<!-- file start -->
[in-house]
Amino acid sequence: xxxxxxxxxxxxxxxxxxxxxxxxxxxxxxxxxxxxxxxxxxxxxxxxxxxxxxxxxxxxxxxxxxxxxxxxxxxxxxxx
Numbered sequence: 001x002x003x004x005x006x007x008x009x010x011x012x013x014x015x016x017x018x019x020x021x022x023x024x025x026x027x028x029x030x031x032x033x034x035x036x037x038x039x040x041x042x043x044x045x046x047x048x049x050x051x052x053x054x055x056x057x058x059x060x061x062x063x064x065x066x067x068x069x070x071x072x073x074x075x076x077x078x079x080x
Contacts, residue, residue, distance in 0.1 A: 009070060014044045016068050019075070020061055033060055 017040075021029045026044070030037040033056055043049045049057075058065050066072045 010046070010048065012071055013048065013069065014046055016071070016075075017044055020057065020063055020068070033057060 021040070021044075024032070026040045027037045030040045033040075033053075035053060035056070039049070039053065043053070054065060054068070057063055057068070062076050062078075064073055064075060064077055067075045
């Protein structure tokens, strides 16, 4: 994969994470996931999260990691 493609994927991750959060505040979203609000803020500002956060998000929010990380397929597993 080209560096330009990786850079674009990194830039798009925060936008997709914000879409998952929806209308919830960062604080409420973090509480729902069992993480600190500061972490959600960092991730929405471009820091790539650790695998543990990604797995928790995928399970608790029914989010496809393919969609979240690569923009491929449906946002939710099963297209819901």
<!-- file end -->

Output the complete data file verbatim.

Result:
[in-house]
Amino acid sequence: xxxxxxxxxxxxxxxxxxxxxxxxxxxxxxxxxxxxxxxxxxxxxxxxxxxxxxxxxxxxxxxxxxxxxxxxxxxxxxxx
Numbered sequence: 001x002x003x004x005x006x007x008x009x010x011x012x013x014x015x016x017x018x019x020x021x022x023x024x025x026x027x028x029x030x031x032x033x034x035x036x037x038x039x040x041x042x043x044x045x046x047x048x049x050x051x052x053x054x055x056x057x058x059x060x061x062x063x064x065x066x067x068x069x070x071x072x073x074x075x076x077x078x079x080x
Contacts, residue, residue, distance in 0.1 A: 009070060014044045016068050019075070020061055033060055 017040075021029045026044070030037040033056055043049045049057075058065050066072045 010046070010048065012071055013048065013069065014046055016071070016075075017044055020057065020063055020068070033057060 021040070021044075024032070026040045027037045030040045033040075033053075035053060035056070039049070039053065043053070054065060054068070057063055057068070062076050062078075064073055064075060064077055067075045
């Protein structure tokens, strides 16, 4: 994969994470996931999260990691 493609994927991750959060505040979203609000803020500002956060998000929010990380397929597993 080209560096330009990786850079674009990194830039798009925060936008997709914000879409998952929806209308919830960062604080409420973090509480729902069992993480600190500061972490959600960092991730929405471009820091790539650790695998543990990604797995928790995928399970608790029914989010496809393919969609979240690569923009491929449906946002939710099963297209819901």